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8 autumn days out in Somerset

PUBLISHED: 13:28 07 November 2016 | UPDATED: 13:28 07 November 2016

Prior Park Landscape Garden, Bath (c) Mike_Boyland / Thinkstock images

Prior Park Landscape Garden, Bath (c) Mike_Boyland / Thinkstock images


Dave Hamilton chooses his favourite Somerset places to explore at this time of the year

Ham Hill under a stormy skyHam Hill under a stormy sky

From its borders with Devon and Dorset in the south to Gloucester and Wiltshire in the north and west, Somerset is a diverse and beautiful county. It is blessed with windswept moors, magical mature woodlands, rolling hills and deep gorges forged by ancient elemental forces. Take a wander down its miles of country lanes and you’ll find picture perfect postcard villages around nearly every corner. Away from the large seaside towns, the coastline is a wild and breathtaking place waiting to be explored.

With such a multitude of great locations in the country finding just a handful to recommend is a tall order. However, here are some of my favourite days out in the county which can be enjoyed by all from the youngest to the oldest members of the family.

Time Stones, Ham HillTime Stones, Ham Hill

Ham Hill Country Park

On a dusk visit to Ham Hill, you may be lucky enough to glimpse sight of one of the many badgers living in this wildlife rich country park. A favourite for families, the ramparts of the Iron Age hillfort are worth the climb as they offer stunning views of the farmland below. If it is peace and quiet you are after then consider taking one of the many walks through the woods to the Victorian Quarry or out towards the site of a former Roman Villa.

Weston WoodsWeston Woods

Weston Woods - Weston-Super-Mare

Situated on the outskirts of Weston-super-Mare, far above the hustle and bustle of the town below, stands the simple serenity of Weston Woods. It takes the best part of a morning for a round trip from the Worlebury Hill end to the site of the Hill Fort. The Hill Fort is overgrown but a facinating place with more than 200 ditches dug 2000 years ago to store grain. Dog walkers will find themselves in good company and will welcome the water tap by the water tower.

Quantock HillsQuantock Hills


Stretching from an area just north east of Taunton to the Bristol Channel, the Quantock Hills run like a vast natural backbone through South Somerset. On a clear day a walk up Wills Neck, on the Taunton side of the range, will reward you with far reaching views out as far as Dartmoor, the Brecon Beacons and into Dorset. For a slightly easier climb, at the other end of the range head to the car park south west of West Quantoxhead and head up Beacon Hill.

Cranmore WoodsCranmore Woods

Nunney village

Situated just outside the town of Frome, Nunney Village is an archetypal quaint English village. It is unashamedly pretty and home to the smallest true castle in Europe.On an autumn day, a pleasant circle can be ambled through the village from starting point at the castle car park. Head through the trees to the castle, then onto a drink in the pub by the river, cross the road to meander through the churchyard before retracing your tracks. If you have the time, a visit to nearby Cranmore Tower with far reaching views across the region is highly recommended.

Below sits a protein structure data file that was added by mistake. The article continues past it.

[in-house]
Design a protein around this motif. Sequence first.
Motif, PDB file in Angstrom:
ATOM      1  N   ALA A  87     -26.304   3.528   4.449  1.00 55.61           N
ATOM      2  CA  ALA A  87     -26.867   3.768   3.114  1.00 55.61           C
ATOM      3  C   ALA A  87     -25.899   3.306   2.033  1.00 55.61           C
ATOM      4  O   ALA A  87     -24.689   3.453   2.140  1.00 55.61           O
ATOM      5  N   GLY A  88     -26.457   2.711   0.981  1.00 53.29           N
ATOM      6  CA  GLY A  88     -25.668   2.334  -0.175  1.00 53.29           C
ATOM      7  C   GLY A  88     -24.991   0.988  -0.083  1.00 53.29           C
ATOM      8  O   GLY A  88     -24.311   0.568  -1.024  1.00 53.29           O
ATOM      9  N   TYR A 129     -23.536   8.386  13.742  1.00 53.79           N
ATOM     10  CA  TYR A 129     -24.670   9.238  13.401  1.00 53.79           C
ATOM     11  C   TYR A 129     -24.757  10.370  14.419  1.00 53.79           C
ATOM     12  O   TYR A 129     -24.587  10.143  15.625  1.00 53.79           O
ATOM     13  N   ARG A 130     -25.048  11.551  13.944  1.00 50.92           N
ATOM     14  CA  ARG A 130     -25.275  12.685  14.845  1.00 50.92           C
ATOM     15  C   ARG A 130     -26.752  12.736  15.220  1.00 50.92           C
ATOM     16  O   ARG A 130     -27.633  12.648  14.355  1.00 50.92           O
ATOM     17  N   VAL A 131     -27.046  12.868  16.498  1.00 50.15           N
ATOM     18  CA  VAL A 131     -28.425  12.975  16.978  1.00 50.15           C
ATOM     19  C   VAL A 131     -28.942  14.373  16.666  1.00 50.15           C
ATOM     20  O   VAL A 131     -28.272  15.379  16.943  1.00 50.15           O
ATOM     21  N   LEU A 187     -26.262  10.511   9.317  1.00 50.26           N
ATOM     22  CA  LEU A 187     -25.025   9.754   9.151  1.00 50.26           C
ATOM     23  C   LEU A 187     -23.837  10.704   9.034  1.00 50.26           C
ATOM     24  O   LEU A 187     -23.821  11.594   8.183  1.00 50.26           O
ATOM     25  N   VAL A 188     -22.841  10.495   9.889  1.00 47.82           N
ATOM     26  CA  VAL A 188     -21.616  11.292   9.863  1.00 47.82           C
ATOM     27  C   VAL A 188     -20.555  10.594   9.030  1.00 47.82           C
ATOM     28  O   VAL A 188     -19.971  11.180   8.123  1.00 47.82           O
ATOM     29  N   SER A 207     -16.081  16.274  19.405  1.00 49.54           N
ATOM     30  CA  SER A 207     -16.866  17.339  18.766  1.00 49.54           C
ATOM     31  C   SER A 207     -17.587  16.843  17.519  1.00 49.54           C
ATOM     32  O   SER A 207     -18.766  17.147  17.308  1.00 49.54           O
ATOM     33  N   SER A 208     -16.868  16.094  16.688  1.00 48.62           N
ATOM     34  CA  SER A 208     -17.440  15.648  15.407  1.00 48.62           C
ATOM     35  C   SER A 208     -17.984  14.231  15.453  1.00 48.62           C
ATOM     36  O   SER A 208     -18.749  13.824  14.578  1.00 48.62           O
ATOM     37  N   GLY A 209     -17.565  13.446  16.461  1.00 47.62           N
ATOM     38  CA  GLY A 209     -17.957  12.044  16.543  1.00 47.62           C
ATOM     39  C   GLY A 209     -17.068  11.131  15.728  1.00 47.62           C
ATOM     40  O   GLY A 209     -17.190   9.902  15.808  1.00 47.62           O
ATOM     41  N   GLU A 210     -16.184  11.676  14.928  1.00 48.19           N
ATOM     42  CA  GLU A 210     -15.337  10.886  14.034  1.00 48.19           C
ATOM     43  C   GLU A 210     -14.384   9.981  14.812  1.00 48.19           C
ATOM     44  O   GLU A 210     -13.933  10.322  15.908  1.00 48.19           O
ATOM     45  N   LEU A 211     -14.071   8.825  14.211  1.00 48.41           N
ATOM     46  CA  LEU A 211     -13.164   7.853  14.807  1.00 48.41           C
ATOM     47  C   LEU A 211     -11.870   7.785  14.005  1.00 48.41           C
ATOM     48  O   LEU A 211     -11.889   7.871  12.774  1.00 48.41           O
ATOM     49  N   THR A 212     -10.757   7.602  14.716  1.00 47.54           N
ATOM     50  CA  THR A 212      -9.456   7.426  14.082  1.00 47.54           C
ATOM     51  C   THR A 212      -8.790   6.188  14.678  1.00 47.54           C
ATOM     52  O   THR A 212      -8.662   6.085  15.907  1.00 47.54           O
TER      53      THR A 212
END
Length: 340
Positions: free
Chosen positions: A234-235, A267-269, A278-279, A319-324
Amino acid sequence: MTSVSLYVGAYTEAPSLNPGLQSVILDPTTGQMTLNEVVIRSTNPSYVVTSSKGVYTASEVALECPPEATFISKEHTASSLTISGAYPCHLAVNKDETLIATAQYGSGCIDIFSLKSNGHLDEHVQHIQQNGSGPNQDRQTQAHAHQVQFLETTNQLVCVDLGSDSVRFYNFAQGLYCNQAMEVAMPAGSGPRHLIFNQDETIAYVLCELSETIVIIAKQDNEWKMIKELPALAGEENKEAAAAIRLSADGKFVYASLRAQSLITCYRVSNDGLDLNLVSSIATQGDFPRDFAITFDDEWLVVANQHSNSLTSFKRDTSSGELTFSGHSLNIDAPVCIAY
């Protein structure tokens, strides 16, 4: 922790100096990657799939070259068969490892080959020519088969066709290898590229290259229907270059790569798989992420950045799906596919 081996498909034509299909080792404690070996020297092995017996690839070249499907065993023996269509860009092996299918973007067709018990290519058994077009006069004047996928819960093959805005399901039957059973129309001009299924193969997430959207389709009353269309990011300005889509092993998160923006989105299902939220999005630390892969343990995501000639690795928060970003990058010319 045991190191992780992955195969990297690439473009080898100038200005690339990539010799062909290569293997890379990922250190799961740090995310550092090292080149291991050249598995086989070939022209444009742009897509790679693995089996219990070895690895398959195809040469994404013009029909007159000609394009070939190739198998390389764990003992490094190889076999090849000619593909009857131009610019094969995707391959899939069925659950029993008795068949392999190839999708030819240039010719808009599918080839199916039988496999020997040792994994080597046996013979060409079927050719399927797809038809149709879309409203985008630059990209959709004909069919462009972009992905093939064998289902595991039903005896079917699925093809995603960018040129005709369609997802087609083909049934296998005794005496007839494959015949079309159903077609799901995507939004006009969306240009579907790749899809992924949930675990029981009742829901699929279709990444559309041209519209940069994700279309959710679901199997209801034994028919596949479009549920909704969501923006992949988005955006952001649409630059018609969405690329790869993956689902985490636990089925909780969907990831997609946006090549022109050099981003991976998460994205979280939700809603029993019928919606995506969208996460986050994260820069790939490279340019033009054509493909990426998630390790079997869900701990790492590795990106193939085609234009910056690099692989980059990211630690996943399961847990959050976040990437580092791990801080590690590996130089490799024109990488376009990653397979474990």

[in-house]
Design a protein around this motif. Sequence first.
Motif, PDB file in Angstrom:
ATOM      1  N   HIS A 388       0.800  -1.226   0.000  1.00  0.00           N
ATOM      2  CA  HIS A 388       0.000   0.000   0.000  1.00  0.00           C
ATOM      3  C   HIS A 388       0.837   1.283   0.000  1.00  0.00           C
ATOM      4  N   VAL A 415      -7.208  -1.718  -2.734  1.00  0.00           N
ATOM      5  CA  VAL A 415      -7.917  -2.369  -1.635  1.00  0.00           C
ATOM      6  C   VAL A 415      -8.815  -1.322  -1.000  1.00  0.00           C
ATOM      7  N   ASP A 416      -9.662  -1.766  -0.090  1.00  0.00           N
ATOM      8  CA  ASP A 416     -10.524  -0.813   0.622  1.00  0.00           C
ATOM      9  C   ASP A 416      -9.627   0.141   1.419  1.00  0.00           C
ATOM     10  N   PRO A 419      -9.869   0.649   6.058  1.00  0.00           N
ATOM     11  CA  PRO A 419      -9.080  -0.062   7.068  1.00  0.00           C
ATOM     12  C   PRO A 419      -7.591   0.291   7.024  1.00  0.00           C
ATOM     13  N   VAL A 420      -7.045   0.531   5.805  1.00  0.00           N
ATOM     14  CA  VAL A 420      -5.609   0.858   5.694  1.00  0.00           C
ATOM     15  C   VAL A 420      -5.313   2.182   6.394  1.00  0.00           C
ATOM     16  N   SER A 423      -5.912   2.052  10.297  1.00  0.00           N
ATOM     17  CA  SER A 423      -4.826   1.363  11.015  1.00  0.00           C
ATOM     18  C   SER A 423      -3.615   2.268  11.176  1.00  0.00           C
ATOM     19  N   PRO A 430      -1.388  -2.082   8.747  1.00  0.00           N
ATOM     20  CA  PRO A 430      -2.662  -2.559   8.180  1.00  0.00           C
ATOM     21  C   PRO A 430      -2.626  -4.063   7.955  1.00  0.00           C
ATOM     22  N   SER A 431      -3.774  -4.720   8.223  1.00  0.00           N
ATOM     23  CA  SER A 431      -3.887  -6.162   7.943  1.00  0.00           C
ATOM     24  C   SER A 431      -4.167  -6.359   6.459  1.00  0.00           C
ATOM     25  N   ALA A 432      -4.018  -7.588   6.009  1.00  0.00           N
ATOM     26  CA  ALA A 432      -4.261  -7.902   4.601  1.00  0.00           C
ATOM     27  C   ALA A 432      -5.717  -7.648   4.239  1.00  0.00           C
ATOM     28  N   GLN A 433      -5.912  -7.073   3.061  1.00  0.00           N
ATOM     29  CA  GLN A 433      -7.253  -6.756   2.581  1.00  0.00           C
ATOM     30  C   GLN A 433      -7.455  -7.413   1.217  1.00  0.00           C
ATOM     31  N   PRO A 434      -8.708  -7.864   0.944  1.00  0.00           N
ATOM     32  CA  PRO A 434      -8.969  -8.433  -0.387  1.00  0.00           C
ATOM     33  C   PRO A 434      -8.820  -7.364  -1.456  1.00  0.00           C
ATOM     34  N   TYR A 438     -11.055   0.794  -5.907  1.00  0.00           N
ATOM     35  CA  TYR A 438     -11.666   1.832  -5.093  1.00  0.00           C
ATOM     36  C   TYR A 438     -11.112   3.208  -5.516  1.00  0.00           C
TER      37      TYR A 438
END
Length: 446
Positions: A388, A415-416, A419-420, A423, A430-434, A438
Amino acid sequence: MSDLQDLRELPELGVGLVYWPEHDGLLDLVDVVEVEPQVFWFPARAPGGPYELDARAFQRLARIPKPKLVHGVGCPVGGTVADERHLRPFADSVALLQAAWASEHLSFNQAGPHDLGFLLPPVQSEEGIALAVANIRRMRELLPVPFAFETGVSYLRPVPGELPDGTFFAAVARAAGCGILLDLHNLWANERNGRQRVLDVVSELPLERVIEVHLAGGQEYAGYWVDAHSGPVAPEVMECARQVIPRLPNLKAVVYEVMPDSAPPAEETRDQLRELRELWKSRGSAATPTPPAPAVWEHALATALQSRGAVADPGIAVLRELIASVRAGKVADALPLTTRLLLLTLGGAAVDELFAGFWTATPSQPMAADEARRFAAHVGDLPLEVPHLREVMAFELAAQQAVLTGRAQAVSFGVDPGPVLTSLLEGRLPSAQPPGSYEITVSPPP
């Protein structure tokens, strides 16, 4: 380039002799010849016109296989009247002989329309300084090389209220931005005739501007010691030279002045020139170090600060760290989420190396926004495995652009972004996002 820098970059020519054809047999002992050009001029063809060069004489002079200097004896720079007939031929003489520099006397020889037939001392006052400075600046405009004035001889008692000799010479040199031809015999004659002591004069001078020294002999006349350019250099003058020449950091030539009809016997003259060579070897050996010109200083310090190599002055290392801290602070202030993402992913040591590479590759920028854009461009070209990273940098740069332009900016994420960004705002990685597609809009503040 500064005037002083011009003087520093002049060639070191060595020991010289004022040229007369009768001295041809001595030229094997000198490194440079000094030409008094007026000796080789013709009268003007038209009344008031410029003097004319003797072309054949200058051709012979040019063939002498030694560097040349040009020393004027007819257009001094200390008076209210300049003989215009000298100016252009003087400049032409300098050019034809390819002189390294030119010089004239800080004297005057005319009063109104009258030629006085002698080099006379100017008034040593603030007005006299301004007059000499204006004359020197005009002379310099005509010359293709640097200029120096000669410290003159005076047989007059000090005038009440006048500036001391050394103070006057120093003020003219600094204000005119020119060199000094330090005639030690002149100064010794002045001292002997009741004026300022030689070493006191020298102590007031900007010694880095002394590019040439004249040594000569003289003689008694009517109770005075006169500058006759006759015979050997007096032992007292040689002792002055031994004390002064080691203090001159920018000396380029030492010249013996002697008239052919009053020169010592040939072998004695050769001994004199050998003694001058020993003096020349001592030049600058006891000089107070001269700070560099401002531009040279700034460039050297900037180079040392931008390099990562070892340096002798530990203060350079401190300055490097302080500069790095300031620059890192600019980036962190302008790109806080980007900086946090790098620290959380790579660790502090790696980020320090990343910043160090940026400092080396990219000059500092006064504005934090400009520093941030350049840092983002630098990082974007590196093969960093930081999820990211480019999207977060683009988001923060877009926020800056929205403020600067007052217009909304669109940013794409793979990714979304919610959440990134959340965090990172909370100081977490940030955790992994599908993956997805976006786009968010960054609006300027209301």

Westhay Moor, part of the Somerset LevelsWesthay Moor, part of the Somerset Levels

Burrington Combe

Burrington Combe is often referred to as Somerset’s other gorge. It doesn’t attract the crowds of the other place, which adds to the unique charm of this prehistoric landscape. At the base of the gorge, not far from the Burrington Inn, is Aveline’s hole, a large cave shelter used to bury the dead more than 10,000 years ago. There are walks in every direction, with spectacular views from the top looking out over the Bristol Channel to Wales in the distance.

Somerset Levels

As the evenings turn colder, the nights draw in, the orange, reds and yellows of sunset mirror the falling leaves of the trees. As these lights reflect off the many pools, lakes and drainage ditches over the Somerset Levels the light playfully dances over the water. Between autumn and late winter this natural spectacle is enhanced by a sky full of thousands of starlings moving in gentle unison. Avalon Marshes and Ham Wall are excellent to visit at any time of the year but during the murmuration these RSPB reserves come into their own.

The Fleet Air Museum

The Fleet Air Museum can be a welcome relief on a cold, wet autumnal day. Little prepares you for the shear size of the place. It is enormous! This vast space is needed to house over-sized exhibits such as a full scale Concorde, a harrier jump jet and a large full scale mock up of an aircraft carrier. Those of a certain age will find exhibits dating to within their own lifetime, which can be somewhat unnerving. The Fleet Air Arm Museum is one of the few places which can honestly say there is something for every generation from Grandchildren to Great-Grandmothers.

Prior Park Landscape Garden

In the 18th Century Ralph Allen reformed the British postal system, increasing its efficiency, cutting down on postal fraud and making himself an awful lot of money. As, back then, ostentatious shows of wealth were very much the ‘in’ thing, he had Prior Park House and gardens built as his main abode. The gardens are now in the care of the Natural Trust who brought them along with the once derilict Palladian bridge back to life in the early 1990s. The Times Newspaper counted Prior Park as one of the top 20 places in Britain to go for an autumn walk.

About the author

Dave Hamilton lives in Frome, Somerset and has authored three books including Wild Ruins, The Explorer’s Guide to Britain Lost Castles, Follies, Relics and Remains.

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